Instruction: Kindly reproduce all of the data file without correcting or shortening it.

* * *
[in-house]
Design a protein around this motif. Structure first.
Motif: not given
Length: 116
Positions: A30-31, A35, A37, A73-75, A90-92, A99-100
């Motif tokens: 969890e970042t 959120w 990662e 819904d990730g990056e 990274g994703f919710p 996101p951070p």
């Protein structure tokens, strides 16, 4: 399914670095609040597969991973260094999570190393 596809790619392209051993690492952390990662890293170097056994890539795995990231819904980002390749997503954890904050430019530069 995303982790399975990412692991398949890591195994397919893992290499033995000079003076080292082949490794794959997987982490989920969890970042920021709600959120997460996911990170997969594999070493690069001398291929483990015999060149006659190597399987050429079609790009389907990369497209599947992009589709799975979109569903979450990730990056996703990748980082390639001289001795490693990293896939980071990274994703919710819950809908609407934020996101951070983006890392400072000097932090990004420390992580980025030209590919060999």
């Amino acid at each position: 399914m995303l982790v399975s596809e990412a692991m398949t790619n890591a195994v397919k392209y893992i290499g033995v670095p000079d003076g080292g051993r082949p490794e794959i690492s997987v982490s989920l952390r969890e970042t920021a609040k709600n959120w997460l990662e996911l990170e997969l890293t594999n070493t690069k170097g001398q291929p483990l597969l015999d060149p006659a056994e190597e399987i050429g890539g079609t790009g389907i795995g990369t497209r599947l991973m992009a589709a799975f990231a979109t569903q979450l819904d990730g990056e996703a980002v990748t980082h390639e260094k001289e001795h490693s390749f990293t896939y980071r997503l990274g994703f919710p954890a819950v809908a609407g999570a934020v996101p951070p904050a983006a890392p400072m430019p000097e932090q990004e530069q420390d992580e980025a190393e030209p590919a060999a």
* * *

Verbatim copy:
[in-house]
Design a protein around this motif. Structure first.
Motif: not given
Length: 116
Positions: A30-31, A35, A37, A73-75, A90-92, A99-100
């Motif tokens: 969890e970042t 959120w 990662e 819904d990730g990056e 990274g994703f919710p 996101p951070p």
């Protein structure tokens, strides 16, 4: 399914670095609040597969991973260094999570190393 596809790619392209051993690492952390990662890293170097056994890539795995990231819904980002390749997503954890904050430019530069 995303982790399975990412692991398949890591195994397919893992290499033995000079003076080292082949490794794959997987982490989920969890970042920021709600959120997460996911990170997969594999070493690069001398291929483990015999060149006659190597399987050429079609790009389907990369497209599947992009589709799975979109569903979450990730990056996703990748980082390639001289001795490693990293896939980071990274994703919710819950809908609407934020996101951070983006890392400072000097932090990004420390992580980025030209590919060999």
């Amino acid at each position: 399914m995303l982790v399975s596809e990412a692991m398949t790619n890591a195994v397919k392209y893992i290499g033995v670095p000079d003076g080292g051993r082949p490794e794959i690492s997987v982490s989920l952390r969890e970042t920021a609040k709600n959120w997460l990662e996911l990170e997969l890293t594999n070493t690069k170097g001398q291929p483990l597969l015999d060149p006659a056994e190597e399987i050429g890539g079609t790009g389907i795995g990369t497209r599947l991973m992009a589709a799975f990231a979109t569903q979450l819904d990730g990056e996703a980002v990748t980082h390639e260094k001289e001795h490693s390749f990293t896939y980071r997503l990274g994703f919710p954890a819950v809908a609407g999570a934020v996101p951070p904050a983006a890392p400072m430019p000097e932090q990004e530069q420390d992580e980025a190393e030209p590919a060999a």